Unlike Hindi films, Tamil movies don't caste aside

‘You think there is no democracy in this country?’ Andrea Jeremiah’s character is asked in the trailer of Manushi (Woman), unveiled just days back. ‘Is caste democratic?’ she shoots back.

Directed by N Gopi Nainar and produced by Vetri Maaran, this new Tamil film’s release schedule is yet to be announced. The trailer, which shows the protagonist being interrogated by the police, references domestic abuse, authoritarianism, the definition of Indianness and – repeatedly – caste.

When I chanced upon it, as a critic based in north India where Hindi cinema is the staple diet, my thoughts immediately flew to what the reaction might have been if this was the curtain-raiser to a contemporary Hindi film – ‘Whoa!’ ‘Brave!’ ‘For a change, a film on caste.’ Because that’s how seldom Hindi filmmakers foreground caste, unlike their Tamil counterparts.

In the past decade-plus, Tamil directors such as Pa Ranjith, Vetri Maaran and Mari Selvaraj have been at the forefront of steering the discourse on caste on the big screen. Their significance lies in their refusal to confine anti-caste conversations to minimally marketed, niche works. They have strategically roped in top-rung stars to play dalit leads in knowledgeable, richly symbolic films that come armed with all the conventional trappings of commercial Indian cinema – song, dance, colour, action that defies believability, and romance.

As the country’s exhibition sector has gradually risen above its Hindi-centricity in the last 20 years, and streaming platforms have fuelled the rise of a discerning, language-agnostic pan-India viewership, this audience, too, has been exposed to the discussions on caste and tribal communities in Tamil cinema.

One of the biggest talking points among direct-to-OTT drops during the pandemic was TJ Gnanavel’s superstar-driven Jai Bhim (2021), in which Suriya played a lawyer supporting a tribal woman’s fight for justice in a custodial torture case. Another was Leena Manimekalai’s low-budget Maadathy: An Unfairy Tale, which began streaming in the same year.Maadathy’s chilling account of a dalit girl whose posthumous deification was preceded by a life of extreme poverty and sexual violence brings me to one of the glaring flaws in most mainstream Tamil anti-caste cinema: men-centricity. The sad truth is that contemporary Tamil directors who have sought to normalise dalit and adivasi leads have also, ironically, often been guilty of marginalising women within these marginalised groups. Ranjith and Mari Selvaraj, for instance, are phenomenal in many ways. Yet, their films have mimicked traditional patriarchal Indian cinema in the treatment of women. This includes the casting of artistes young enough to be Rajinikanth’s granddaughters as the spouse/lover of his characters in Ranjith’s Kabali and Kaala, and the lack of agency or centrality vested in women in Mari’s Pariyerum Perumal and Karnan.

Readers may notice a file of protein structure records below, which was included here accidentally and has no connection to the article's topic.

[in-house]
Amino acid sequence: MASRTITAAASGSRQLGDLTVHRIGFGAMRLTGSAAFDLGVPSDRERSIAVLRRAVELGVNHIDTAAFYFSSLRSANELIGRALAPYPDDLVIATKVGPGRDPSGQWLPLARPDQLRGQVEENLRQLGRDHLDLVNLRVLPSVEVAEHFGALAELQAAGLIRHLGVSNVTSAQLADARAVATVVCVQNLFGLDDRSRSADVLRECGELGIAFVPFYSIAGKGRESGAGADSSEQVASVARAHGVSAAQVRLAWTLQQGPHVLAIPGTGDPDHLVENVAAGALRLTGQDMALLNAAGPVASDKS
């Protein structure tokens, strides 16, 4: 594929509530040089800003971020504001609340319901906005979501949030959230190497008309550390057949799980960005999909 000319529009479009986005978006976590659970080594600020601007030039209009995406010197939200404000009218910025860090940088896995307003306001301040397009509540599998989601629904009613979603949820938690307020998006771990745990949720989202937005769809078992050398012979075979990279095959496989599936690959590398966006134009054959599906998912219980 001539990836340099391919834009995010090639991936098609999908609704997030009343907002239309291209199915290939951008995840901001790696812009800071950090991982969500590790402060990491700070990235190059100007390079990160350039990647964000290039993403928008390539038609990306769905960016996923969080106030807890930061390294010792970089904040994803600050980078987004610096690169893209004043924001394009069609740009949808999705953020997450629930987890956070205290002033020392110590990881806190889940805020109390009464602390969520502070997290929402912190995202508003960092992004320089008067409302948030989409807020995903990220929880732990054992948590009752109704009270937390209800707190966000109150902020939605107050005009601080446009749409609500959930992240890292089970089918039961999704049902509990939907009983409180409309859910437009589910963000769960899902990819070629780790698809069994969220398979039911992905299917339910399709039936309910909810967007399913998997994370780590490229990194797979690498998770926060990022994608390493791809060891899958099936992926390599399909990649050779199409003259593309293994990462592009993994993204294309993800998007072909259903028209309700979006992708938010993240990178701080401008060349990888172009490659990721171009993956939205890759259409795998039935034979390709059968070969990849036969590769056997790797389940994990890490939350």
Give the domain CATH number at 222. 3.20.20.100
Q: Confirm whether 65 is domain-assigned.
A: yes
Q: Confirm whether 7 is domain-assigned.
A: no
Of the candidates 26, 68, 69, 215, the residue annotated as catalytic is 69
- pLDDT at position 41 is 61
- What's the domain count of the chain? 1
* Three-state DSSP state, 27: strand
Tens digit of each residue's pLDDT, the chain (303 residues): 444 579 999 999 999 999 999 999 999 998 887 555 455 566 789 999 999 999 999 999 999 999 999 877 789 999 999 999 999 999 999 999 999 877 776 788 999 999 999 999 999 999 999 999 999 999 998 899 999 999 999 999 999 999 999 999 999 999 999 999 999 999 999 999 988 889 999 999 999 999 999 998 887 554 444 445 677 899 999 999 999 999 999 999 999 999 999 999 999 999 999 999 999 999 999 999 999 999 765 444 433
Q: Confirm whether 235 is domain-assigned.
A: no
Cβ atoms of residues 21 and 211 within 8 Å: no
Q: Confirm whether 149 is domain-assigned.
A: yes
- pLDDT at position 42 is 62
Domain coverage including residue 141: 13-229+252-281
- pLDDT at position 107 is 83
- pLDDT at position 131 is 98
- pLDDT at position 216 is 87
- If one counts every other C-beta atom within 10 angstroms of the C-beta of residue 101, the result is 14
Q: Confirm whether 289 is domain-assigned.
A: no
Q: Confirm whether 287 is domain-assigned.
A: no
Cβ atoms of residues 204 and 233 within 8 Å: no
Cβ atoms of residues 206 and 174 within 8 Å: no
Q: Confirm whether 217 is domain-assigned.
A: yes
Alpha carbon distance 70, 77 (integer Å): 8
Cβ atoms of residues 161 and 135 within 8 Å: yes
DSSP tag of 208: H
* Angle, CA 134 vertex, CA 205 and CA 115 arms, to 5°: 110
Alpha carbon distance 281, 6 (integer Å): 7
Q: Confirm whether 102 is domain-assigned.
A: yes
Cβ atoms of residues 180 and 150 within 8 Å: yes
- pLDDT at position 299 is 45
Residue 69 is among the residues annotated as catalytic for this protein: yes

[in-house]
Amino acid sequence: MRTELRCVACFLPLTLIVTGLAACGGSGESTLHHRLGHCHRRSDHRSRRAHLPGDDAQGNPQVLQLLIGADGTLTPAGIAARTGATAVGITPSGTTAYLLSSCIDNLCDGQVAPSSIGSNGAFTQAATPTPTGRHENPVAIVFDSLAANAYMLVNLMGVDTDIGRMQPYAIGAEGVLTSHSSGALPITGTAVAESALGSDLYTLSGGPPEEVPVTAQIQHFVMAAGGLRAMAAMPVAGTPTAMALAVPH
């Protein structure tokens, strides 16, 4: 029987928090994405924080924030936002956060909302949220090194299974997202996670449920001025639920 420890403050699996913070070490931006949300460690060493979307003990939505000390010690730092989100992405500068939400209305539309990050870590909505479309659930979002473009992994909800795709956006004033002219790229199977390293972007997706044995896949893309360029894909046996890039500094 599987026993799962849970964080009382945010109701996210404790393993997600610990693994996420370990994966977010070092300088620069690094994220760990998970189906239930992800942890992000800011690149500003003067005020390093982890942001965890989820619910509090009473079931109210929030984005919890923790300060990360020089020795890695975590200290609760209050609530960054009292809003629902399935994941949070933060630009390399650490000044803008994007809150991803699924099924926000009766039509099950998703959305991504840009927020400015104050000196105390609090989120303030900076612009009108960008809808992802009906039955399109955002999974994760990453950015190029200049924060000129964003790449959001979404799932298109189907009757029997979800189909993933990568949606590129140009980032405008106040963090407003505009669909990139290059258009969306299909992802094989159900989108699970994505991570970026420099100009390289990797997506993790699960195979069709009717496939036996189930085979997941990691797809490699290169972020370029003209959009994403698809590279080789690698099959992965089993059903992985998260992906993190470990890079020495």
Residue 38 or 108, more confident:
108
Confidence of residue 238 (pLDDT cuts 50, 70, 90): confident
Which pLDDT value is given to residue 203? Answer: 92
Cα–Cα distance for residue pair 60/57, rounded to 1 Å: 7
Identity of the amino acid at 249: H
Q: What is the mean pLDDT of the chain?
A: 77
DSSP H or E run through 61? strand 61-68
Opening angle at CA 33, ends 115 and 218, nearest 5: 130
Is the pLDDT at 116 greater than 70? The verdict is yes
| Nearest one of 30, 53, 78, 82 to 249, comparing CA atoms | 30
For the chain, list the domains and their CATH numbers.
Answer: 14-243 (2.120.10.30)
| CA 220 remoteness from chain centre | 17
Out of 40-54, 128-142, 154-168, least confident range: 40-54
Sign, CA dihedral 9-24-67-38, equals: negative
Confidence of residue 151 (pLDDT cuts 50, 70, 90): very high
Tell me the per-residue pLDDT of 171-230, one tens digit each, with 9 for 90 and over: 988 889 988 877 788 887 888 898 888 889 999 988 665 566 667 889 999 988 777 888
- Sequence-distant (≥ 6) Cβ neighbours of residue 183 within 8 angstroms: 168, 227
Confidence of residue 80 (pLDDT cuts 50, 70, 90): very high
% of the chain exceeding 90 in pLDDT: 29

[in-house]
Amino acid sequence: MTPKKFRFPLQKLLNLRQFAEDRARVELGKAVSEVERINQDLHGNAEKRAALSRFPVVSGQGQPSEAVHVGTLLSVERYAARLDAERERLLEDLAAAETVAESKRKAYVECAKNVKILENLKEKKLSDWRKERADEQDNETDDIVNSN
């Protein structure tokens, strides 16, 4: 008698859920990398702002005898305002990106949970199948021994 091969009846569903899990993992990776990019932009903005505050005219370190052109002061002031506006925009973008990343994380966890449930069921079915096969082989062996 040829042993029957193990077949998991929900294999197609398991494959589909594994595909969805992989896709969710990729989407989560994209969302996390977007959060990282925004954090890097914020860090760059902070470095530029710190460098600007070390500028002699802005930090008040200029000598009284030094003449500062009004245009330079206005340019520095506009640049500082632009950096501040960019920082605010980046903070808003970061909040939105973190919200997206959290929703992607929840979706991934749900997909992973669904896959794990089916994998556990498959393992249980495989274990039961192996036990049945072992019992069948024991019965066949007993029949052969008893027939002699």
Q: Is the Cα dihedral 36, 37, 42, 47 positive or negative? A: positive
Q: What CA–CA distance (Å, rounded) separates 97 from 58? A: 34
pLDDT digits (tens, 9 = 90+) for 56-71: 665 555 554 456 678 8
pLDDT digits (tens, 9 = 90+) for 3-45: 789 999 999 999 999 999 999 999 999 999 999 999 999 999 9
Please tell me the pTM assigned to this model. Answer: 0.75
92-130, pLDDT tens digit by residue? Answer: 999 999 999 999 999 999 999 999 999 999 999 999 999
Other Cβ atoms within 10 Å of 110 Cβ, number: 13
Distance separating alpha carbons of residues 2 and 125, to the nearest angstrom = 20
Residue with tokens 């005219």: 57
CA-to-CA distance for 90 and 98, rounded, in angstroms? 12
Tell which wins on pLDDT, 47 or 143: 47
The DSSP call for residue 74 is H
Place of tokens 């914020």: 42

This necessary dissection of even acclaimed filmmakers is possible because anti-caste Tamil cinema is produced in abundance, facilitated by the vibrant public dialogue on caste in Tamil Nadu, in addition to a degree of diversity among the industry’s writers and directors. In contrast, the upper-caste-ruled Hindi industry is uncomfortable with stories of oppressed castes.

Nothing illustrates the Hindi industry’s abysmal track record better than the evisceration of the Marathi film, Sairat, when it was remade as Dhadak, starring Janhvi Kapoor and Ishaan Khatter. Sairat, directed by Nagraj Manjule, was a blockbuster about a wealthy upper-caste woman and a dalit man in love. The Hindi screenplay virtually erased caste from the plot, reducing Dhadak to yet another rich-girl-poor-boy romance.

There’s no telling what Manushi – or, for that matter, Ranjith’s upcoming Thangalaan – will turn out to be. But the point is that politically aware cinephiles have the space to hold raging debates on the pluses and minuses of caste representation in Tamil cinema, because there is so much of it. Hindi film followers, on the other hand, are stuck with creators who, barring rare exceptions, have for long now pretended that the caste system simply does not exist.

The writer is author of The Adventures of an Intrepid Film Critic


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